TCA Press Tour, Day 2: A&E

Well, I guess we now officially have a recurring theme within my postings, since this will be the third time I’ve made a comment approximating this one, but can anyone still remember when the majority of the programming on A&E still focused on arts over entertainment? It’s been quite some time, I think we can all agree…though I’m all ears if you’d like to try and defend “The Two Coreys” as art. But I’m trying to keep an open mind about A&E’s new dramatic series, “The Cleaner,” partially because I’ve liked Benjamin Bratt since his days in “Law & Order,” but mostly because I can’t help but be curious about a show which has been described as a cross between “Intervention” and “The Equalizer.”

Producer Jonathan Prince tackled one question right off the bat for those who’ve been annoyed by all the bleeps that have peppered the “Sopranos” reruns on A&E. “There will be no bleeping,” he assured us. “The battle…you guys as writers would love this, the battle of how many shits per script are allowed. You can have two shits, one bullshit, no horseshits, one ass, no asshole. And there’s a rule. It’s math, I think. It’s sort of, you know, in memory of George Carlin, we now know what you can and cannot say on A&E, and we are finding out along the way, but I think you would find that this is less sanitized than what happened to ‘The Sopranos.’ Our content never goes quite to that place.”

Well, now that we know that, what’s the show actually about? In a nutshell, it’s about a guy named William (played by Bratt) who transforms his life by taking control over his addictions and using his story to help others, but what I find particularly interesting about the show is the refusal to confirm or deny the existence of any higher power that might (or might not) be helping him along the way.

“This pact that William Banks has with whoever was listening on that day when he was at his bottom, he chooses to call it God,” said producer Robert Munic, “(but) it’s not a religious embodiment of that. It’s more of his belief system, his faith in whoever’s out there listening to him, because he doesn’t ever expect to get an answer back when he puts it out there.”

Prince elaborated on the situation by offering an on-set anecdote. “We had a director who said, ‘When Ben’s talking to God, I want to put the camera way above so we can see sort of God’s point of view.’ We said to the director, ‘You can’t do that.’ She asked, ‘Why not?’ We said, ‘Because we’re not sure God’s listening.'”

At this point, Bratt chimed in as well. “Part of the backstory we created for William Banks is that he more than likely didn’t grow up a particularly religious guy at all,” he explained. “In fact, probably quite the opposite. And so when he finally makes this pact with God, as Robert already mentions, it’s definitively out of desperation. So on some level, his ongoing serialized relationship with God as it unfolds over the course of the series is going to be contingent on how well he’s doing and how successful he is, not only in his chosen vocation now, but with his family. And so his faith will be continually questioned…not any deep faith, because it didn’t exist, but this newfound pact he has with whoever might be listening.”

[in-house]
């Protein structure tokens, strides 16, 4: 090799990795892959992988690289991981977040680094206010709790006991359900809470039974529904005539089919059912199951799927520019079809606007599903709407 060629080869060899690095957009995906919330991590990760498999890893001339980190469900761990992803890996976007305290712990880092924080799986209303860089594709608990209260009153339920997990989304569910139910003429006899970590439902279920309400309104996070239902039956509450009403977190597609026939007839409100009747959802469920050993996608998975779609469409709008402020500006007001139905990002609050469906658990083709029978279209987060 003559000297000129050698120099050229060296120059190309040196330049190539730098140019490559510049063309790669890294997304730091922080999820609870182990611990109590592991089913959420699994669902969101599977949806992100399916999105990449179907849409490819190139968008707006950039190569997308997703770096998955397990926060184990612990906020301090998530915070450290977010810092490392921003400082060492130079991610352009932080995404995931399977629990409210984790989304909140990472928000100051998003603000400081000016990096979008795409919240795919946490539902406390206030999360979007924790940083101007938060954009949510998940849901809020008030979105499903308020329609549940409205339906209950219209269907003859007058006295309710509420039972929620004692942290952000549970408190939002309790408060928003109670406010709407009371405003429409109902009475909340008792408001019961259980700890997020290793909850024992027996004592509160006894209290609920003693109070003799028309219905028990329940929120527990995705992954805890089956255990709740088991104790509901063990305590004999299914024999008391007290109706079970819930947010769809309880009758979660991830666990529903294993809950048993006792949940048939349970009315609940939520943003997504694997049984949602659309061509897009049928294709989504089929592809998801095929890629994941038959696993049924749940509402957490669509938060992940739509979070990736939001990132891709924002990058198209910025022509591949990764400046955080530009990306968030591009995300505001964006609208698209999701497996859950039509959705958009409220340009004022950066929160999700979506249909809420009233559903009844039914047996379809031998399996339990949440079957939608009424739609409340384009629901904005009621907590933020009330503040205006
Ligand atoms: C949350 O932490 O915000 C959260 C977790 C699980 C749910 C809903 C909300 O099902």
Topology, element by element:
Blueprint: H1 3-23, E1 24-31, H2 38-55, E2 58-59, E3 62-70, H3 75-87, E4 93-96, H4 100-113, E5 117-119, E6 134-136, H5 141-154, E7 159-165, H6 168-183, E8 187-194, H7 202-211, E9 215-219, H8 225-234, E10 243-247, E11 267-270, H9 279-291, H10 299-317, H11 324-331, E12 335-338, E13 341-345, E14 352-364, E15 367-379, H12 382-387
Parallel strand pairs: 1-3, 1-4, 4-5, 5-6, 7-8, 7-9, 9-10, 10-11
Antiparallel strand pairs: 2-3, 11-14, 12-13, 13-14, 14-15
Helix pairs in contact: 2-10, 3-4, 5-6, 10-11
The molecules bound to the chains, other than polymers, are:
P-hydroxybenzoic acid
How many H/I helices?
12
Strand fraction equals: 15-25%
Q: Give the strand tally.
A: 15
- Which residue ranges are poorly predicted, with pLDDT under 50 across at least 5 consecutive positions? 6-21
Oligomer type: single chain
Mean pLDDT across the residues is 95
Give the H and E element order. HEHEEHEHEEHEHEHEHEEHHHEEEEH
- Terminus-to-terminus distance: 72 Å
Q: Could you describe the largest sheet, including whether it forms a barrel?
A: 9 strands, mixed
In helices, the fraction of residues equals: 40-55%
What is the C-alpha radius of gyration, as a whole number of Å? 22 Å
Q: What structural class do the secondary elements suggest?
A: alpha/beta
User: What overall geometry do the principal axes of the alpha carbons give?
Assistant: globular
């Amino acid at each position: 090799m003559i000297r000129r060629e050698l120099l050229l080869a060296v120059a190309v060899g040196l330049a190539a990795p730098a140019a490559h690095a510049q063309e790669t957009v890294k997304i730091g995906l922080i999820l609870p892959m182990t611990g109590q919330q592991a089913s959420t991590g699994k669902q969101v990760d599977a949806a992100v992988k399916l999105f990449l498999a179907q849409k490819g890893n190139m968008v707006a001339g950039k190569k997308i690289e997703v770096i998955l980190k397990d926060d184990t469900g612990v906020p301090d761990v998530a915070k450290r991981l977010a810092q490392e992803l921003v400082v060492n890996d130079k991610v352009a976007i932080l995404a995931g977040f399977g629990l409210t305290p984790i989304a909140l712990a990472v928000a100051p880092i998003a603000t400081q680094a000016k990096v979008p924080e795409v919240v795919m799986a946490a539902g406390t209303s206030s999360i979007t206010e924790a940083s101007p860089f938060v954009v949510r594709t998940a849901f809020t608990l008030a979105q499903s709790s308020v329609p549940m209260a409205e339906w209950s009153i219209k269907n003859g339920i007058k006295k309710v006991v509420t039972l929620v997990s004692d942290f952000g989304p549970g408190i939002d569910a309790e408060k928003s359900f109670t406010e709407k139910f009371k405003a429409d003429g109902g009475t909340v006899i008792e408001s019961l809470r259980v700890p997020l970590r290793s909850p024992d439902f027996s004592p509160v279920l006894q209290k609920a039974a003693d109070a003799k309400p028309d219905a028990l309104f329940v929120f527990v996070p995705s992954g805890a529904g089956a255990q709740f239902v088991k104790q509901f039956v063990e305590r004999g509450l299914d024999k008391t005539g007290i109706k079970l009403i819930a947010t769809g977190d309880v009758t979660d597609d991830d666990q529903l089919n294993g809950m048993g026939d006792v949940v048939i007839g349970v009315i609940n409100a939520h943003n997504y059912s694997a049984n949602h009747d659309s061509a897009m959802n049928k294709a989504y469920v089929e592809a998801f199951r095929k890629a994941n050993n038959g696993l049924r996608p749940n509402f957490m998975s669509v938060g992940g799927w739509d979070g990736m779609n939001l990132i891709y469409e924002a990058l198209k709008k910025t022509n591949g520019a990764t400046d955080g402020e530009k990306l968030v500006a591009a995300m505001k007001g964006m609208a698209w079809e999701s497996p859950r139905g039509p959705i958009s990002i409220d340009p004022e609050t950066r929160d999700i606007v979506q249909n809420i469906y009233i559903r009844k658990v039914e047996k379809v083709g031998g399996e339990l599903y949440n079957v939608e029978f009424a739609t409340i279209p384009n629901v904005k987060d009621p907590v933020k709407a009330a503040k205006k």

Also in the cast of the show is Grace Park, who was unable to attend the panel due to her commitments on “Battlestar Galactica,” but the producers couldn’t say enough about her work on “The Cleaner”…as well as her work to get on the show in the first place.

“Grace was up in Vancouver, and she had read the script, and she put herself on tape…sort of grainy, not-so-well-shot, not so bueno…but the tape just lit up,” said Prince. “And we showed it to Ben and we all said, ‘That’s the girl.’ Then, afterwards we learned, ‘Oh, there’s a conflict. She’s on “Battlestar.”’ ‘Well, that’s okay.’ ‘She plays nine characters on “Battlestar.”’ ‘That’s not so okay.’ Like, when one robot she’s playing is available, the other robot’s working. So it’s been difficult. Our other actors are used to shooting on a certain schedule, but we have, like, ‘Grace Day.; And she comes down for 18 hours, 26 hours, and sort of flies away again like some angel.”

You may recognize a few other faces in the cast as well, including Liliana Mumy, daughter of Billy Mumy, of “Lost in Space” fame. (He was also a member of Barnes & Barnes, but I’m not sure if recording “Fish Heads” trumps playing Will Robinson or not.) Lilana said her dad only really gave her one piece of advice: “He always used to tell me, ‘Listen to the person when they are talking to you, never look in the camera, and just have fun.'”

Estaban Powell (“Bone Chillers,” “Level 9”) began to speak of his character’s flaws – “My sobriety is compromised, and it puts a strain on my dynamic in the whole team” – but after acknowledging that he wasn’t very good at tooting his own horn, he decided to toot someone else’s horn instead…uh, metaphorically, of course.

“I’m really fortunate that I have an incredible family to help support and a great network for giving us the opportunity,” Powell said. “You are going to like the show. I mean, I know Ben doesn’t like me tooting his horn, but whatever. I don’t care. You can look at me bad all you want, dude. This guy is awesome, and the whole team is phenomenal, and the show is a piece of work.”

  

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